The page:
is known for many things. Long train rides
that cover almost 6000 miles, massive tigers
that hunt wild boar in snowy enclaves, and a lake
whose depths reach deeper than any other lake in the world. Oh and cold. Wintry, unrelenting, freezing cold weather drapes Siberia in snow and below freezing temperatures for roughly half of the year. It is a place so remote and foreboding that if you look up "Siberian" on dictionary.com
, you will be greeted with this definition:
"any undesirable or isolated locale, job, etc., to which one is assigned as punishment, a mark of disfavor, or the like."
Despite this damning etymological association, Russia
plans to build its version of Las Vegas
in the wintry depths of Siberia. This Las Vegas East has been given the moniker "Siberian Coin," which sounds more like a local band from Moscow than a mecca of gambling. The Altai region
of Siberia will host the ambitious project located near the boarder of Kazakhstan and China
. Russian developers have budgeted about $1 billion for the cause which includes the construction of 15 casinos and 30 hotels. According to Businessweek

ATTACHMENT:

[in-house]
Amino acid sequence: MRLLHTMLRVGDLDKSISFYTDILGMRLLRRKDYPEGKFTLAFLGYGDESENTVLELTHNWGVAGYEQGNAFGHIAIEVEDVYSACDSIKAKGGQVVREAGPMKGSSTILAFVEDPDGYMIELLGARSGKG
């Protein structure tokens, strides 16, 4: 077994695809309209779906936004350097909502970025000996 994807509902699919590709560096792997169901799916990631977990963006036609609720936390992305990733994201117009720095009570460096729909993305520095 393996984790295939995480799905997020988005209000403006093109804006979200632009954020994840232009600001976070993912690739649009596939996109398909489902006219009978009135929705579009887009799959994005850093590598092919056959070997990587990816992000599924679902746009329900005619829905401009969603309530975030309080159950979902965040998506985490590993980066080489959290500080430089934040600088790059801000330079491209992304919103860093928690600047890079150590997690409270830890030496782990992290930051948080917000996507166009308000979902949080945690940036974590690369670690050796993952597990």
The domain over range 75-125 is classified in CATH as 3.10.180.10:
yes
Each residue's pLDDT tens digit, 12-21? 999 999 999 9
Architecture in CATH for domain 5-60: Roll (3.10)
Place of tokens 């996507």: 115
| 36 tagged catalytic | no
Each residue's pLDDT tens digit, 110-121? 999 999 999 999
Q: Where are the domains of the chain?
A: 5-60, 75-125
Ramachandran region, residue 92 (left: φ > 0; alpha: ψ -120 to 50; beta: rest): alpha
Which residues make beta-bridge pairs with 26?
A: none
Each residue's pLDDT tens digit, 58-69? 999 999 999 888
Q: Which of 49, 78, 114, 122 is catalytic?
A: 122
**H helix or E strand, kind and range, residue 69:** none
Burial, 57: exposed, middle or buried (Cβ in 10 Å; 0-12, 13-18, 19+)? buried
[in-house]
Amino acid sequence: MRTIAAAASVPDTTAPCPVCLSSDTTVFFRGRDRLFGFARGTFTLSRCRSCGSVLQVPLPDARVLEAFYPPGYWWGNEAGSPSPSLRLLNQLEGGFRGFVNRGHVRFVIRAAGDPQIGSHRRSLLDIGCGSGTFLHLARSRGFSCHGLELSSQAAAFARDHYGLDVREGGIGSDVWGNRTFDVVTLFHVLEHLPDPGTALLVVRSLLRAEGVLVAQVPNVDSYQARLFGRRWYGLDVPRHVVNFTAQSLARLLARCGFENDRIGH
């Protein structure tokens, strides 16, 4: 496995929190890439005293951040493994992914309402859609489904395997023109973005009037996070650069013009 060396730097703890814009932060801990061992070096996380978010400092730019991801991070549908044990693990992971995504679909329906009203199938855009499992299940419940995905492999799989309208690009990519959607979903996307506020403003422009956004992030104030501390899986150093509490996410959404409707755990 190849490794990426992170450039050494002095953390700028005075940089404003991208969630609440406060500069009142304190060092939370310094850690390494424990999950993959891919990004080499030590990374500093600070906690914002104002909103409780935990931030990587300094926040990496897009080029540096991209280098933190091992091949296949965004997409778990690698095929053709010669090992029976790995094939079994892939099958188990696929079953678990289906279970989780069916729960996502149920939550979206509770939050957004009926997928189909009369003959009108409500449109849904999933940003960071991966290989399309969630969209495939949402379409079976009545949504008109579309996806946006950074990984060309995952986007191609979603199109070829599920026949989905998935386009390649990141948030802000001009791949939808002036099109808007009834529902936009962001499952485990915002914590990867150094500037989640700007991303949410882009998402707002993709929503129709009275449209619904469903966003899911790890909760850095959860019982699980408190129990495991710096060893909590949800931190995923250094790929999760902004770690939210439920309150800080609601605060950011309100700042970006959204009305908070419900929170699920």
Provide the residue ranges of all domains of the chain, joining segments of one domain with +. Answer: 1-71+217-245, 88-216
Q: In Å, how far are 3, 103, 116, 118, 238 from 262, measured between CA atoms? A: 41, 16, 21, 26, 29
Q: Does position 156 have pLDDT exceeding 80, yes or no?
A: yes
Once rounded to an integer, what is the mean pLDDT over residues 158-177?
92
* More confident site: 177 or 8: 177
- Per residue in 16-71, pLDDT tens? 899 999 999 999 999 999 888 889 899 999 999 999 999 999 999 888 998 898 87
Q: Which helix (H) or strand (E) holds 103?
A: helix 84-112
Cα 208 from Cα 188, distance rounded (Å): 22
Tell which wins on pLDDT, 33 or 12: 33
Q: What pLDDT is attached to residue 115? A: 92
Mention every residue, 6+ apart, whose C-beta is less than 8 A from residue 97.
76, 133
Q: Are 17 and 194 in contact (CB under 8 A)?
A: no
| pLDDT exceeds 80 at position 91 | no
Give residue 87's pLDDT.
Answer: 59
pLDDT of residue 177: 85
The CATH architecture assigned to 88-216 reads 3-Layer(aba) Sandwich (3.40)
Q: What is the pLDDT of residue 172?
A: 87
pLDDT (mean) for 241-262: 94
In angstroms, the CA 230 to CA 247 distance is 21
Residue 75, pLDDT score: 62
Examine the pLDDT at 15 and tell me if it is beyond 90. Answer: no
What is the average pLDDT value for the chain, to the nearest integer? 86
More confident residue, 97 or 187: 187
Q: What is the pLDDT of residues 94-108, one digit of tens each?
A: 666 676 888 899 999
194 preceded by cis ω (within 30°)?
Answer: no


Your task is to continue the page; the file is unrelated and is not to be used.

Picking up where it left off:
, outside experts expect the project costs to total $50 billion.
So why Siberia? Several years ago, "President" Vladimir Putin banned casinos in all major Russian cities
, restricting gambling to the far flung reaches of the Russian Federation. Overnight, successful Moscow
gaming parlors shuttered their doors forever, and it is estimated that the edict cost Russia about half a million jobs. So far, casinos have been built in three faraway locations: Kaliningrad
on the Baltic Sea, Azov City, and Primorsky
in the Far East. None have been very successful. While hopes for the "Siberian Coin" are high, its fate may follow a familiar trend due to the sheer remoteness of its geographical location. Siberia is known for many things, but it will be a long uphill battle before gambling is added to that list of associations.
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